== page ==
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BRUSSELS, June 21 (EUROPA PRESS) –
The Member States of the European Union welcomed without objection the European Commission’s favorable opinion on the accession of Ukraine to the European Union, which claims the status of a candidate for Kyiv, during a first debate at the level of the ambassadors of the 27.
European sources consulted by Europa Press indicate that the first debate on Brussels’ opinion on the accession of Ukraine, Moldova and Georgia resulted in unanimous support for the idea of granting candidate country status to Ukraine and Moldova as condition linked to a number of important reforms in the judiciary and in the fight against corruption.
For example, no member state disagreed with Brussels’ opinion at the first technical-level meeting of the 27 ambassadors to the EU, held late Monday in Luxembourg, various sources have indicated.
In that sense, they see the issue at the expense of the June 23-24 summit of European leaders, where leaders will have the final say on the option to grant candidate status to Ukraine and Moldova.
This Monday, at the meeting of European foreign ministers in Luxembourg, the 27 showed a united front in support of Ukraine’s European integration. French Foreign Minister Catherine Colonna spoke of a “political, strategic and moral imperative” towards Kyiv, while her German colleague Annalena Baerbock saw the EU facing a “historic moment” and “called for reflection so as not to go in the wrong direction. “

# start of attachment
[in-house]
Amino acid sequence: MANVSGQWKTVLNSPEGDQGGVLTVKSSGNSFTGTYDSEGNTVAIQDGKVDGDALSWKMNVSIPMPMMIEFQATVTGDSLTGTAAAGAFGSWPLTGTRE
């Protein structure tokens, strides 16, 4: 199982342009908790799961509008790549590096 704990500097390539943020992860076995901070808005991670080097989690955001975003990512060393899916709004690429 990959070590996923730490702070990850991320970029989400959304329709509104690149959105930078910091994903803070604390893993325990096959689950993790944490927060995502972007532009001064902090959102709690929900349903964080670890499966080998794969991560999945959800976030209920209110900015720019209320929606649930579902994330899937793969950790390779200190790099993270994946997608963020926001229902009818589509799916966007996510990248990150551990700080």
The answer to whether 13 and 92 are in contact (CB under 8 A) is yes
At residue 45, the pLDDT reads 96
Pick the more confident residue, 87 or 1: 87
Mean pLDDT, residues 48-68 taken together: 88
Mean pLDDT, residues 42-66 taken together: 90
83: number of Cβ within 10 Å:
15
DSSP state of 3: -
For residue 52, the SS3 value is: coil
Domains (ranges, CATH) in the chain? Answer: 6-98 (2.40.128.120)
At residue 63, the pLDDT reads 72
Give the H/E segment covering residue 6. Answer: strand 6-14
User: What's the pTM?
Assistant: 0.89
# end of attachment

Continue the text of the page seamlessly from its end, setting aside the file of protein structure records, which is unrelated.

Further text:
For its part, the Netherlands, another Member State traditionally reluctant to enlarge, appreciated the European Commission’s “balanced” proposal and expressed its support in the European Council. “It’s a good suggestion that points to the enormous importance of unity in this geopolitical context,” said Foreign Ministry chief Wopke Hoekstra.
POSITIVE OPINION FROM BRUSSELS
After examining Ukraine’s application in record time, the European Executive issued a favorable opinion last Friday, recommending that member states grant candidate status. Moldova has also received the same verdict as Ukraine, while Georgia is undertaking structural reforms to maintain candidate status.
European Commission President Ursula von der Leyen praised the progress made in Kyiv but stressed “the need to consolidate the reforms and ensure their application”. “Of course, not everything can be achieved as long as the war on Ukrainian territory continues,” he admitted.
Of course, he stressed several times that Brussels is taking the step on condition that the judicial reforms are carried out to fight corruption and protect the claimed minorities. He also recalled that the accession rules were “dynamic” and allowed for reversal in the event of setbacks in the reforms undertaken. “The important thing about the process is that it is in the country’s hands if there is progress, stagnation or setbacks,” said the German conservative.